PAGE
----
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House 2A: Erickson, Hancock debate economy and taxes

The second night of debates at Lakeland Public Television included a discussion between House 2A candidates Roger Erickson, DFL, and incumbent Dave Hancock, R, on Tuesday evening. Monte Draper | Bemidji Pioneer

BEMIDJI – As with many debates across the state, the debate for the House 2A seat on Lakeland Public Television Tuesday night focused on issues facing the state’s economy and budget.

The debate featured incumbent Dave Hancock, R-Bemidji, who will face DFLer Roger Erickson.

Hancock previously represented House District 2B, but redistricting rebranded it as 2A.

The new district extends toward the Canadian border and Baudette, where Erickson resides. Hancock was first elected in 2010 as part of a wave that saw Republicans take control of both the state House and Senate.

The two differed distinctly in their philosophies on how to deal with the state’s budget.

Erickson said while there will likely have to be some cuts made, there’s a need to keep everything on the table in terms of being able to raise revenue.

Hancock countered that the state is spending at record levels.

“We must get to the point where we budget off of revenue instead of budgeting off of proposed increases,” Hancock said.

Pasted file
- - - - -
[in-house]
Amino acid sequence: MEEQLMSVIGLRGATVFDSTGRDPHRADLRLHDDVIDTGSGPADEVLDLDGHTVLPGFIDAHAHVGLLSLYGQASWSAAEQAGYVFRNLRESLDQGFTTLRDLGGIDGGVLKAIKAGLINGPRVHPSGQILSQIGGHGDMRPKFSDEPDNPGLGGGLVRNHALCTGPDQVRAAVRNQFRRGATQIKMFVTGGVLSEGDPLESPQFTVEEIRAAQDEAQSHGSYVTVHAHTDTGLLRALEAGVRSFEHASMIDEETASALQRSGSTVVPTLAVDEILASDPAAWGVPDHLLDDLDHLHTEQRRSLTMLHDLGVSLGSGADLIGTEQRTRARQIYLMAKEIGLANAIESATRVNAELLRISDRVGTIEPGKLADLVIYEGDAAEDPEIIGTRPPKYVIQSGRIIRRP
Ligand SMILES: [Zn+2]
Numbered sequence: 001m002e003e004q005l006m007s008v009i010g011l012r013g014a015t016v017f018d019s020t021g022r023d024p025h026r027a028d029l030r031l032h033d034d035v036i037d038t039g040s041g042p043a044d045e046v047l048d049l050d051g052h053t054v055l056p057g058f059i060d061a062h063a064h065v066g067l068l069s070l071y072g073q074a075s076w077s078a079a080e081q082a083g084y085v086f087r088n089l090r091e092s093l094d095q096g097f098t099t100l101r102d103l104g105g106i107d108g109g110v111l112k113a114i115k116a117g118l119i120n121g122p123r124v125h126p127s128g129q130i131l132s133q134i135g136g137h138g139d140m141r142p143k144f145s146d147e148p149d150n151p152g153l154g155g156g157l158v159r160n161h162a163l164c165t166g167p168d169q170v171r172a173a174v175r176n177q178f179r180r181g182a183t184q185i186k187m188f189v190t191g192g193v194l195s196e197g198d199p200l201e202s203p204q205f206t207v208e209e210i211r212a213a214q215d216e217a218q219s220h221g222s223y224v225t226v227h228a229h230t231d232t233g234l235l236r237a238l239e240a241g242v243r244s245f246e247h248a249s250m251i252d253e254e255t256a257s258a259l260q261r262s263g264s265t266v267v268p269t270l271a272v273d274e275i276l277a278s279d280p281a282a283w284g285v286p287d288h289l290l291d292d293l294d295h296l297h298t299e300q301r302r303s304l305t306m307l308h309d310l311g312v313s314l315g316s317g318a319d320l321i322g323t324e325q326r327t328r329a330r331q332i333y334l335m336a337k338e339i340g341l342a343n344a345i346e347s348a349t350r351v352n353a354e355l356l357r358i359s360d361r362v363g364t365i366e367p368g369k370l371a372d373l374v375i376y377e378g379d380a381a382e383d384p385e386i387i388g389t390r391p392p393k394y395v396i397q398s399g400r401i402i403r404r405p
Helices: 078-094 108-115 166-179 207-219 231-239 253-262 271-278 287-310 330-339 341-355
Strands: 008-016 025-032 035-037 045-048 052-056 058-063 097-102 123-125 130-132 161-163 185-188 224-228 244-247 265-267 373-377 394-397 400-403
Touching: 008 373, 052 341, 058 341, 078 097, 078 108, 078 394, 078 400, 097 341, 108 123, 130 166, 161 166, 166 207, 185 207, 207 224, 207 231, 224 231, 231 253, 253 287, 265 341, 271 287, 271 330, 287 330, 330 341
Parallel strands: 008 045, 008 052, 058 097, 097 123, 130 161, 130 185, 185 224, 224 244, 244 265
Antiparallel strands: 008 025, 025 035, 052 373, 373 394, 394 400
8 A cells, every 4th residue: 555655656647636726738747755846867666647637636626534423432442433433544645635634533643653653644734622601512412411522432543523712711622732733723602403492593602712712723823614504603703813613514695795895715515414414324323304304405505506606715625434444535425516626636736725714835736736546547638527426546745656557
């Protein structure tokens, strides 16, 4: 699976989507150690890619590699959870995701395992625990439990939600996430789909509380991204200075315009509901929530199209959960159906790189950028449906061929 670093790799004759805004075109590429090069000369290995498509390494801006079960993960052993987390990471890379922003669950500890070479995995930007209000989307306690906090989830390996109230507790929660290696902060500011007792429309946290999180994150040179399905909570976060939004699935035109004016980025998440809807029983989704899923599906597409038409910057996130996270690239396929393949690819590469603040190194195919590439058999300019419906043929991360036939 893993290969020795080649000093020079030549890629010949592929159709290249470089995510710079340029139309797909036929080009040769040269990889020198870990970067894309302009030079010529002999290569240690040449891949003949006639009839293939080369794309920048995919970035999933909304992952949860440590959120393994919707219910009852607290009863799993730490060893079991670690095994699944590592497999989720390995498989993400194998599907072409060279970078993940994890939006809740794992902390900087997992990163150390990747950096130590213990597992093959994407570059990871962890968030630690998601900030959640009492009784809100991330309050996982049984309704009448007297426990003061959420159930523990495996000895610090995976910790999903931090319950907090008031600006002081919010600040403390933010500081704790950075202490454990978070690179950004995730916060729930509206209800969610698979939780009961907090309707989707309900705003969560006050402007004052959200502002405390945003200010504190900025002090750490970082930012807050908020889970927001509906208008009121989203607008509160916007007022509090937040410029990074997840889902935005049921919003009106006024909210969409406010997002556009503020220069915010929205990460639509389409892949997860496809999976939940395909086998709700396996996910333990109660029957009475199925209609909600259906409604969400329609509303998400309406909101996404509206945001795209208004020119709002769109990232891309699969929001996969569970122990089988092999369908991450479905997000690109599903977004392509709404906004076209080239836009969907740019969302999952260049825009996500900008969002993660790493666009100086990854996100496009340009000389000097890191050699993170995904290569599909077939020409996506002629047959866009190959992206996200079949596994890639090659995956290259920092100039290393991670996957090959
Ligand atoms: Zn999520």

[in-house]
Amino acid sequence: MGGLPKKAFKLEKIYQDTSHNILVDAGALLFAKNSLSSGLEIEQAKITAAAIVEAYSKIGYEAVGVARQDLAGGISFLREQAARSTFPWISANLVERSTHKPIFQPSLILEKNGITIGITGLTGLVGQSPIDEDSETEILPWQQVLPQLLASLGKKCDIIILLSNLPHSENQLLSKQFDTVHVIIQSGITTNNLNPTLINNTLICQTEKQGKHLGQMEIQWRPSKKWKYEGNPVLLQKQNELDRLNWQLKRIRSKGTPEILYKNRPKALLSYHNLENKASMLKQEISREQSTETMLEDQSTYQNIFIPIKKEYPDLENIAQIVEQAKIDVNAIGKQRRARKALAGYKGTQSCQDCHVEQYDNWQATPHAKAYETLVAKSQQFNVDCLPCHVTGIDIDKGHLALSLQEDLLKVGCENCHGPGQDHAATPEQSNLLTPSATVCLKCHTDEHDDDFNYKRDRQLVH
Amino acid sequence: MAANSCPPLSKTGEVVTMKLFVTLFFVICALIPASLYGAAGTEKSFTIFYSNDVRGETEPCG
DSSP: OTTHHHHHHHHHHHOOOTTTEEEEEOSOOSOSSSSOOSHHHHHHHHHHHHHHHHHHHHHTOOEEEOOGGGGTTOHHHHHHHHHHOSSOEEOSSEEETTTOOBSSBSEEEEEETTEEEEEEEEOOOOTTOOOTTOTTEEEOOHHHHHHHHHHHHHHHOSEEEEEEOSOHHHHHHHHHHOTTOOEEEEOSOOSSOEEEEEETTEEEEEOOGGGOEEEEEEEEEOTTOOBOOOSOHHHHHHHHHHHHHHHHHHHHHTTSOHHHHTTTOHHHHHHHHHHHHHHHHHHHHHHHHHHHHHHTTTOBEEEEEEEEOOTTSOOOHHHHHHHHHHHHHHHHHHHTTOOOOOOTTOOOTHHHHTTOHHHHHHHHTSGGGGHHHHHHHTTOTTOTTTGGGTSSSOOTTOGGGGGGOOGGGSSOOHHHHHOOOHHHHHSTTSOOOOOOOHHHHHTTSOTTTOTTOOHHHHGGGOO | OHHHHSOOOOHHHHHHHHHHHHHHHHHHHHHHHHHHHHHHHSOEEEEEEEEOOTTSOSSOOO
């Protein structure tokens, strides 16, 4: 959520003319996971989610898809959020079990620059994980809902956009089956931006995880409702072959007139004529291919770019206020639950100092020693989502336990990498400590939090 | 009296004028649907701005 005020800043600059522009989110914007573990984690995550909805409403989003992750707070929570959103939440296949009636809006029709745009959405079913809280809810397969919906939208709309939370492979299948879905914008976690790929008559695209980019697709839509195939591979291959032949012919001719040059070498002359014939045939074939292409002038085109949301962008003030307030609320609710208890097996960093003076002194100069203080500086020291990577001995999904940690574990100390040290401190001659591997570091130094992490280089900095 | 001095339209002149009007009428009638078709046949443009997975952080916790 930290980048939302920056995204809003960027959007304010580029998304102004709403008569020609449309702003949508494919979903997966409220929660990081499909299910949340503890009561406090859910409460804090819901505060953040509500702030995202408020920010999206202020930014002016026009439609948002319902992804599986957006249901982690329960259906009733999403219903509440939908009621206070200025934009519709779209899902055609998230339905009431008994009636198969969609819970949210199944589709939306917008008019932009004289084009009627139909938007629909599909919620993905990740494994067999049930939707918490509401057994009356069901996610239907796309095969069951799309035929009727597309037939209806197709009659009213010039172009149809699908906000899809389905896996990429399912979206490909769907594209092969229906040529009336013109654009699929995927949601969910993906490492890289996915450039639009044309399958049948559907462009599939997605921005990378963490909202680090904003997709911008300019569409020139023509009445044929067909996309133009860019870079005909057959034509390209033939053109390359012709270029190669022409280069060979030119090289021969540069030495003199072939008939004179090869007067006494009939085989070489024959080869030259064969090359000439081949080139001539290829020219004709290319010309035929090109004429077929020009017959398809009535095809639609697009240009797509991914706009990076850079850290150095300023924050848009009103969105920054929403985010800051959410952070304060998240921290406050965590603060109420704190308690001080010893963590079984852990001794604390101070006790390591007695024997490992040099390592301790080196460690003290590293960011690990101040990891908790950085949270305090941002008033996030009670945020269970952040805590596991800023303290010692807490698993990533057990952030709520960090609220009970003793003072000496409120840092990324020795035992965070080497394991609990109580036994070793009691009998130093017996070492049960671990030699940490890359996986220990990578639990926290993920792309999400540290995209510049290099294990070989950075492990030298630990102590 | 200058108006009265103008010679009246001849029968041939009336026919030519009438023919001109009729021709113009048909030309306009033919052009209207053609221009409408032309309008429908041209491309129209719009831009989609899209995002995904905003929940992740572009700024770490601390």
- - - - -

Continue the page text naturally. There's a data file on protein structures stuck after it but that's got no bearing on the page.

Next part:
Hancock followed that later by saying that the business climate in the state is “not very friendly,” and more should be done to keep businesses here and getting them to expand here. He said the better way to raise revenue is not through tax increases but growing the economy.

“You cannot tax the people that create jobs more and expect them to expand their business,” he said.

In addressing the state’s tax system, Erickson repeated many DFLers’ complaints that the elimination of the Market Value Homestead Credit resulted in property taxes in greater Minnesota. Hancock argued that the old system was “broken” and was often not paid by the state to local governments.

The debate veered off the economy and taxes in discussion of the two constitutional amendments on the ballot this year and the partisan nature of the Legislature.

At one point, Erickson suggested that Hancock almost always voted along party lines. Hancock countered that he didn’t vote with the party “all the time.”

“I don’t want to go down there and be a rubber stamp for my party,” Erickson said. He lamented several times that gridlock and partisanship was to blame for the state government shutdown in summer 2011.

The debate over the constitutional amendments focused on the voter ID amendment, which Erickson said was unnecessary and Hancock defended. But there was little discussion of the same-sex marriage amendment.

“I think these two issues rise to the level of being beyond 201 legislators and one government,” Hancock said. “Let us let the people decide.”

John Hageman

John Hageman covers North Dakota politics from the Forum News Service bureau in Bismarck. He attended the University of Minnesota in the Twin Cities, where he studied journalism and political science, and he previously worked at the Grand Forks Herald and Bemidji Pioneer.  

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